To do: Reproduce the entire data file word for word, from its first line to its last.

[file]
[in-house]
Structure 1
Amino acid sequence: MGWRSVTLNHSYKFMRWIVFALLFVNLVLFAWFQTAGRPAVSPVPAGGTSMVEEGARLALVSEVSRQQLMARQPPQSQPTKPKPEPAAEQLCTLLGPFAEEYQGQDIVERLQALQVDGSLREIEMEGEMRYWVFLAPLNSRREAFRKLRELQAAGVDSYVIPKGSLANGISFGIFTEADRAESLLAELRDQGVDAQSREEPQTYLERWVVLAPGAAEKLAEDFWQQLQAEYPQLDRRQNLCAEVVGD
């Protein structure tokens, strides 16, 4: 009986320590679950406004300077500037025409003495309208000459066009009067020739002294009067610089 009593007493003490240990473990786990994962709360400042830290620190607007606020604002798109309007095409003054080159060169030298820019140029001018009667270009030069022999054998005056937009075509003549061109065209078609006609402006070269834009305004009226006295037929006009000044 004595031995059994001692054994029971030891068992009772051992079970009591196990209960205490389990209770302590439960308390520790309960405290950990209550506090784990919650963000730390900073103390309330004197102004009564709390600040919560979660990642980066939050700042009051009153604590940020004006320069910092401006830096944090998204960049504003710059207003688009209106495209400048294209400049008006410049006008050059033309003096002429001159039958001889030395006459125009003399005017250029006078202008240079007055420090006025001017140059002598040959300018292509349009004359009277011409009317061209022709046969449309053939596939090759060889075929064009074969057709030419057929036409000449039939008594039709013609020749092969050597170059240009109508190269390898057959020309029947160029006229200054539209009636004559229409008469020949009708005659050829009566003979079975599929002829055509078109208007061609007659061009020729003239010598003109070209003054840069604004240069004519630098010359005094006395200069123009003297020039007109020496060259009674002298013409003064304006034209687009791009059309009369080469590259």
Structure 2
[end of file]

[in-house]
Structure 1
Amino acid sequence: MGWRSVTLNHSYKFMRWIVFALLFVNLVLFAWFQTAGRPAVSPVPAGGTSMVEEGARLALVSEVSRQQLMARQPPQSQPTKPKPEPAAEQLCTLLGPFAEEYQGQDIVERLQALQVDGSLREIEMEGEMRYWVFLAPLNSRREAFRKLRELQAAGVDSYVIPKGSLANGISFGIFTEADRAESLLAELRDQGVDAQSREEPQTYLERWVVLAPGAAEKLAEDFWQQLQAEYPQLDRRQNLCAEVVGD
């Protein structure tokens, strides 16, 4: 009986320590679950406004300077500037025409003495309208000459066009009067020739002294009067610089 009593007493003490240990473990786990994962709360400042830290620190607007606020604002798109309007095409003054080159060169030298820019140029001018009667270009030069022999054998005056937009075509003549061109065209078609006609402006070269834009305004009226006295037929006009000044 004595031995059994001692054994029971030891068992009772051992079970009591196990209960205490389990209770302590439960308390520790309960405290950990209550506090784990919650963000730390900073103390309330004197102004009564709390600040919560979660990642980066939050700042009051009153604590940020004006320069910092401006830096944090998204960049504003710059207003688009209106495209400048294209400049008006410049006008050059033309003096002429001159039958001889030395006459125009003399005017250029006078202008240079007055420090006025001017140059002598040959300018292509349009004359009277011409009317061209022709046969449309053939596939090759060889075929064009074969057709030419057929036409000449039939008594039709013609020749092969050597170059240009109508190269390898057959020309029947160029006229200054539209009636004559229409008469020949009708005659050829009566003979079975599929002829055509078109208007061609007659061009020729003239010598003109070209003054840069604004240069004519630098010359005094006395200069123009003297020039007109020496060259009674002298013409003064304006034209687009791009059309009369080469590259």
Structure 2